Derby Bus StationEdit profile
Derby Bus Station serves the city of Derby, Derbyshire, England.
The original bus station was the first purpose-built bus station in the United Kingdom. Designed by Charles Herbert Aslin, the Borough Architect, it opened in 1933. It was the first of its kind in the world, with railway-style platforms. It had an art deco cafe and diner, in which The Beatles once dined.
The station closed in October 2005 and was demolished in July 2006 following some degree of protest, most prominently from one individual who camped on the roof for several months in a final attempt to save the building, part of which is now planned to be rebuilt at Crich Tramway Museum. Following the demolition, work started in 2007 on the Riverlights development; a complex of shops, a casino, apartments, travel shop, information centre and a new bus terminal with two adjoining hotels on the complex expected to be Hilton and Holiday Inn. The new bus station opened on 27 March 2010.Services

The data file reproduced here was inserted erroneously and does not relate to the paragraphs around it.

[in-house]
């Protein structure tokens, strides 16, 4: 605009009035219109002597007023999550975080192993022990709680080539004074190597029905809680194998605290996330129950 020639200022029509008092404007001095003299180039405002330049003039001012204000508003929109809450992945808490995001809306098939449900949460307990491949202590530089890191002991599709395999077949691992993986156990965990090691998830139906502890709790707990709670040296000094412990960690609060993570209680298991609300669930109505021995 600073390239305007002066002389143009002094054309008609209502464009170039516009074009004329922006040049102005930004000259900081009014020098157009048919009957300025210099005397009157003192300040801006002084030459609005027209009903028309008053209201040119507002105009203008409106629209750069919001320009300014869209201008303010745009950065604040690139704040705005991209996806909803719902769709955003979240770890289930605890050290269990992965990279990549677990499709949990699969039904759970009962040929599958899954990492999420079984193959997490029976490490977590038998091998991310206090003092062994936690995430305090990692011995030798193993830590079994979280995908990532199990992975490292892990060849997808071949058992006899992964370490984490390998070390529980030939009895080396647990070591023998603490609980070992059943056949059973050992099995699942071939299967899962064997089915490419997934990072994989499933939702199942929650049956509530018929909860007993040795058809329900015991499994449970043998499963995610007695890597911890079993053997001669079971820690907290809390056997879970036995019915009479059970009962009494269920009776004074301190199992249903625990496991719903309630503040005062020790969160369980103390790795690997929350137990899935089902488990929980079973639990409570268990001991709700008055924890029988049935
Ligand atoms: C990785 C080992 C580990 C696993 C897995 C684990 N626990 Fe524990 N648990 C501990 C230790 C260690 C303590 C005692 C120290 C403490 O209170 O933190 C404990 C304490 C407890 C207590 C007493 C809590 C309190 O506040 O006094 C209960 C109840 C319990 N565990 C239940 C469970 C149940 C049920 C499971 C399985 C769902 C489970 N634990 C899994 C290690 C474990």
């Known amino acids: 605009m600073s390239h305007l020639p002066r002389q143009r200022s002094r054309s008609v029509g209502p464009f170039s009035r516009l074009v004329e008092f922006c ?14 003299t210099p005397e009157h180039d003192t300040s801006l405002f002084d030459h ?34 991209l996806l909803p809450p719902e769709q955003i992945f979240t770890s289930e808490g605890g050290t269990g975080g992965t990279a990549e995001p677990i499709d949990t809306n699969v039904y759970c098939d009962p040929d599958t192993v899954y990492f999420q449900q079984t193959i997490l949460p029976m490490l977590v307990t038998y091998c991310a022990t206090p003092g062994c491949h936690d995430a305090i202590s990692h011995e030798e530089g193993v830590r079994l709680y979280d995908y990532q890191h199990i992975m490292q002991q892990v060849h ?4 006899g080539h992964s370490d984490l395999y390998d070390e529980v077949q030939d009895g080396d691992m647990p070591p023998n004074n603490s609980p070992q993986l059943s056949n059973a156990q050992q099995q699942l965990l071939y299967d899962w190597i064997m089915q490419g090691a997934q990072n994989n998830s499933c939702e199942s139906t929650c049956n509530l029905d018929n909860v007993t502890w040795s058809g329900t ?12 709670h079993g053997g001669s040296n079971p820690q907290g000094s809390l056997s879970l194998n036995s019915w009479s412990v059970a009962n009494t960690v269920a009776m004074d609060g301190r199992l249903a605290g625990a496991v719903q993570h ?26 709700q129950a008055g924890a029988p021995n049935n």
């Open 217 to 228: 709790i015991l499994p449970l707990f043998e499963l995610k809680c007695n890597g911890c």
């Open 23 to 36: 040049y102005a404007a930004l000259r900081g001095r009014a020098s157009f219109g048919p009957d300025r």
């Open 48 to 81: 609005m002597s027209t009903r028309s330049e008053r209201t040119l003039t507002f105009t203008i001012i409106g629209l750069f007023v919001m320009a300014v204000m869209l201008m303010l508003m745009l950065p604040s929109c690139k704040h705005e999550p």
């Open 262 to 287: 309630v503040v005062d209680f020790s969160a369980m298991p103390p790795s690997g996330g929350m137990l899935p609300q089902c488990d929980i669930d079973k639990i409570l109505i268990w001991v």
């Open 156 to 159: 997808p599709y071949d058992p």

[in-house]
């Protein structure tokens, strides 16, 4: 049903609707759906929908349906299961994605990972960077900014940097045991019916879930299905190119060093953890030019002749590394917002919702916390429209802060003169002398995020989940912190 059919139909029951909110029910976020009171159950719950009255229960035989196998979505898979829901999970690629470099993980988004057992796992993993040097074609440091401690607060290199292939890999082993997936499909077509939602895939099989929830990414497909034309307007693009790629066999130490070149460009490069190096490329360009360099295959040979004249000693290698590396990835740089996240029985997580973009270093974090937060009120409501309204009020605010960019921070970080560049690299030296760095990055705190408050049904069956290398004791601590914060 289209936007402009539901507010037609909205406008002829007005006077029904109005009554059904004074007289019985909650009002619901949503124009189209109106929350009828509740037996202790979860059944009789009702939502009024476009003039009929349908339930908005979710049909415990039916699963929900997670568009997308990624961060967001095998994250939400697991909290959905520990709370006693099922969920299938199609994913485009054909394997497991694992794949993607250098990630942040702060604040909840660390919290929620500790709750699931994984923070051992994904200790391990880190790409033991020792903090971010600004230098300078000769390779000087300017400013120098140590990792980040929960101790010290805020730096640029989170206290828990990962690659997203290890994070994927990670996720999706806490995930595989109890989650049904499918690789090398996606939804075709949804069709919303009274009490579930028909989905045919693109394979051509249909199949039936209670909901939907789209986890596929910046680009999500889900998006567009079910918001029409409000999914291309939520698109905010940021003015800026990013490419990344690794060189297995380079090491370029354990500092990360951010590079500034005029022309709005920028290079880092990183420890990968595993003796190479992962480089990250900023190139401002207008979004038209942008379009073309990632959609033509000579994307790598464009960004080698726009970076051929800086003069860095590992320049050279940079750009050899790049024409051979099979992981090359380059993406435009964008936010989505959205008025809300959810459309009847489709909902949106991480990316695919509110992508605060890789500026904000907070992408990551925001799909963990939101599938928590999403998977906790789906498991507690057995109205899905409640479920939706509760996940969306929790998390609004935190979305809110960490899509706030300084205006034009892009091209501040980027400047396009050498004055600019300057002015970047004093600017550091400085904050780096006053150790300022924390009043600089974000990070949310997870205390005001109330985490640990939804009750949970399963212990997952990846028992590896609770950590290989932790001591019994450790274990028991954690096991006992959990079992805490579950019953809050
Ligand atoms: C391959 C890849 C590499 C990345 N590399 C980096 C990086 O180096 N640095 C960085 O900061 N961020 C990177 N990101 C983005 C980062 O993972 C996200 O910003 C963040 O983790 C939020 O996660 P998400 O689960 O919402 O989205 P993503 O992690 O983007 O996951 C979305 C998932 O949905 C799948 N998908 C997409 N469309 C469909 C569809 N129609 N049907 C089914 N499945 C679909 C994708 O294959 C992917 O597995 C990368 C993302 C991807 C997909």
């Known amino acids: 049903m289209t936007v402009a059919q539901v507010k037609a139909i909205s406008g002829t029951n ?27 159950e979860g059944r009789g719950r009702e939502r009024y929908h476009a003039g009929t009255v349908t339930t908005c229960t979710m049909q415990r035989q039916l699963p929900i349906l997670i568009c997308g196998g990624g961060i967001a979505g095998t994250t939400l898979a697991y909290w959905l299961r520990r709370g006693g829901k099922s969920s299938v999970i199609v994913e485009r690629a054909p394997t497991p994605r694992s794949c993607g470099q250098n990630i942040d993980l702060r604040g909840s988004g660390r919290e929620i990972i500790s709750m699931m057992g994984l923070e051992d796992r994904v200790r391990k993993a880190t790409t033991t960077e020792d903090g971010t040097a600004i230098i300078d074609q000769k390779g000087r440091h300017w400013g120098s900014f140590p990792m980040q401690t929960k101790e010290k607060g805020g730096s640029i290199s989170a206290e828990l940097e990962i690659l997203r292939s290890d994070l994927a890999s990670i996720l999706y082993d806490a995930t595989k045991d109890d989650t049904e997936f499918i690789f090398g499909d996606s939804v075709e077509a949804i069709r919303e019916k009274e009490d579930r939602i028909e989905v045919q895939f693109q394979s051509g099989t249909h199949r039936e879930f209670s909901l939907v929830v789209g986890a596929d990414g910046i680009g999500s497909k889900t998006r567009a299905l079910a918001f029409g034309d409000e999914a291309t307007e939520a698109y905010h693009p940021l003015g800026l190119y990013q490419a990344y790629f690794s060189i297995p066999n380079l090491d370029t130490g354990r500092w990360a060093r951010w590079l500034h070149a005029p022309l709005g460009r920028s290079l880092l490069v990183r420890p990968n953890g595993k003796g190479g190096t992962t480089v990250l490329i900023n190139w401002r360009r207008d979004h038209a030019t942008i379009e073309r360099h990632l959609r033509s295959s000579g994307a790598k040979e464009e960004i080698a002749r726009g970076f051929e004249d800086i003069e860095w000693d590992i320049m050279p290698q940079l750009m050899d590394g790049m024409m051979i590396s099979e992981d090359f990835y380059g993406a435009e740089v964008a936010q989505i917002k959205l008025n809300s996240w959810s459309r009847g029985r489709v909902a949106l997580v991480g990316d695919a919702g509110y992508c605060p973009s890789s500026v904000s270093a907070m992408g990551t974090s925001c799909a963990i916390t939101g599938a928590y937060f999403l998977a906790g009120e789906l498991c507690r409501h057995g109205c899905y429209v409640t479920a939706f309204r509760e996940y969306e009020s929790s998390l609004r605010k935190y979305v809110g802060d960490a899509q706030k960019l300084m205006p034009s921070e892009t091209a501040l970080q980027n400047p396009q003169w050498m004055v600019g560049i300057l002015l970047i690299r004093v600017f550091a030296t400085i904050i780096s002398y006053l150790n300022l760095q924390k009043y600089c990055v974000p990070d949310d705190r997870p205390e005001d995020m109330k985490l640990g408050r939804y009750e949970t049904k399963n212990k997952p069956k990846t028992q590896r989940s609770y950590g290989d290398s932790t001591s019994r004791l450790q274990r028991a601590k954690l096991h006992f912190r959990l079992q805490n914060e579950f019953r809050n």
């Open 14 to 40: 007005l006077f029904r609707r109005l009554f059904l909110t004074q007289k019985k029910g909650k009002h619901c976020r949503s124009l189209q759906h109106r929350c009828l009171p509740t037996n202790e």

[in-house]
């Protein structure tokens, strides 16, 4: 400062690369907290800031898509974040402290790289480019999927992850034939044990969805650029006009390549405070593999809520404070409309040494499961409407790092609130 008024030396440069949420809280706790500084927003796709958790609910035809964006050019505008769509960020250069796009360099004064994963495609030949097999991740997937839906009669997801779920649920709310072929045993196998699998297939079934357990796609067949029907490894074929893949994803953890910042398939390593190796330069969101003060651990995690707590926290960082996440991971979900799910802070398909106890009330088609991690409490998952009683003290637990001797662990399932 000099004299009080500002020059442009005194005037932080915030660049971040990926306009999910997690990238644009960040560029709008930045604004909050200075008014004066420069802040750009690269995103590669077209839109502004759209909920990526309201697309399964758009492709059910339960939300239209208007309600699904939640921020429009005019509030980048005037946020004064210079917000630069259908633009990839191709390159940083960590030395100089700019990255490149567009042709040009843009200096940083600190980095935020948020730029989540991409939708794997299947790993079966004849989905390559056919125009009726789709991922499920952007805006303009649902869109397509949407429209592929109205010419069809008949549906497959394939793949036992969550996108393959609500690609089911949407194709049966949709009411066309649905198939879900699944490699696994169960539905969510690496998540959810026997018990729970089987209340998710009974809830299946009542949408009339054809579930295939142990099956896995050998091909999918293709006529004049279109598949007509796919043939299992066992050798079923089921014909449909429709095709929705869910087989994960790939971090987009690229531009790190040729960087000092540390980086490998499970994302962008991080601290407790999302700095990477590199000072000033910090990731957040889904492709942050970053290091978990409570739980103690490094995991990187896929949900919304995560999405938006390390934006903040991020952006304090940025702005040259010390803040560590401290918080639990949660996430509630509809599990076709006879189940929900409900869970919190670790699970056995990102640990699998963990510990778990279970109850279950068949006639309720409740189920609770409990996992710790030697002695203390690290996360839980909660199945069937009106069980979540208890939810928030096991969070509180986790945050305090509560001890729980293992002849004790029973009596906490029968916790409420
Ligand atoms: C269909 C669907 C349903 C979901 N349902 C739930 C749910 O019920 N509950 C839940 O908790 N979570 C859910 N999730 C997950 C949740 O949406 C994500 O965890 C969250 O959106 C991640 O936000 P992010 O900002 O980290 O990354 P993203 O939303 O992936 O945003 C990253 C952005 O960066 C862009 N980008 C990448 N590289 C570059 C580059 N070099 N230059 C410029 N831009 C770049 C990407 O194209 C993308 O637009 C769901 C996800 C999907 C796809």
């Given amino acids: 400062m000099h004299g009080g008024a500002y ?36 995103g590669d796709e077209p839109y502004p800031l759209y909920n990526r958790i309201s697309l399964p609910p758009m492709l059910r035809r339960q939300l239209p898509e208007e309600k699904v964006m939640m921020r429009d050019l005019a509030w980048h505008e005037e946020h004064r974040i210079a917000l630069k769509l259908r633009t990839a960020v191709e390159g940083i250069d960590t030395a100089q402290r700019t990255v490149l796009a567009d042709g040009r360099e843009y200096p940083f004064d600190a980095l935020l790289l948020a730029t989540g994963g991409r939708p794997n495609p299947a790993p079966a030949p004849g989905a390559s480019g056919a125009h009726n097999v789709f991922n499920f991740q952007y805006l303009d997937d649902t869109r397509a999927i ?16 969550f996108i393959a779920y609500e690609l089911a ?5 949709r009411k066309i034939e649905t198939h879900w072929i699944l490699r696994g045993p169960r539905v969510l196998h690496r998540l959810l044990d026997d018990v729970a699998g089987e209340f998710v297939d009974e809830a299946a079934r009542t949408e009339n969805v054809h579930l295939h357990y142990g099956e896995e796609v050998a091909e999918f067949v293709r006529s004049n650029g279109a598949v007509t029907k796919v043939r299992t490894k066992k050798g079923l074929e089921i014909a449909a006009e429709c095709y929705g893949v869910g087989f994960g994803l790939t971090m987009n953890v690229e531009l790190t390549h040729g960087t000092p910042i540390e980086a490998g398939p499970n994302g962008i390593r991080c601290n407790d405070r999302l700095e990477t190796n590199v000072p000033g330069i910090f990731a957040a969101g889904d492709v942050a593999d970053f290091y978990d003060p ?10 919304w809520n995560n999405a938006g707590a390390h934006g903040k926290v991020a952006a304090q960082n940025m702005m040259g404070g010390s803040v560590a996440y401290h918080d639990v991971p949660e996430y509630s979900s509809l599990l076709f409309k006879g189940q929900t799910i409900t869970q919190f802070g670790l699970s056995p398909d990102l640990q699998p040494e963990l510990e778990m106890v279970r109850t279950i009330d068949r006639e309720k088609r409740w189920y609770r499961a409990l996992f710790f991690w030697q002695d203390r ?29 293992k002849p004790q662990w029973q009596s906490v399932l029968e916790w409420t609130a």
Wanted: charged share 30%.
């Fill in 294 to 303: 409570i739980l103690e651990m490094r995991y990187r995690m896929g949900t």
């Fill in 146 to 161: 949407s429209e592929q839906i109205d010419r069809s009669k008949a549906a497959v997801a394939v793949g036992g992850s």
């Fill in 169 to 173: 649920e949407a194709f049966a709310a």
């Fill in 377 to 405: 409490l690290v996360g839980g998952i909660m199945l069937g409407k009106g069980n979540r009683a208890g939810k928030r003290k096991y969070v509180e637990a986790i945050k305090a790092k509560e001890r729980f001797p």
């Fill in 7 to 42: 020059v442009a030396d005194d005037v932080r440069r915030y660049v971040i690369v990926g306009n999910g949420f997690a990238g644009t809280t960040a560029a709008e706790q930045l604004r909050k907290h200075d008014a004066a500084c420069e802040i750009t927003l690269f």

The following is a list of services that are now departing from the new bus station:
Notes 1. The services that are not listed above (5, 6, 19, 28, 29, 32, 33, 40, 9.1, 9.2, 9.3, 92, 111, 212, 422, 423, AB, AR, AM, D1, Football Shuttle, H1, HQ & X52/X53) will continue to use their normal on-street stops 2. Services departing after midnight will use nearby street stops due to the Bus Station being closed 3. Services ONE (Arriva), 108 & 109 towards the Railway Station will depart from either Albert Street B3 or Corporation Street J4 NOT the Bus Station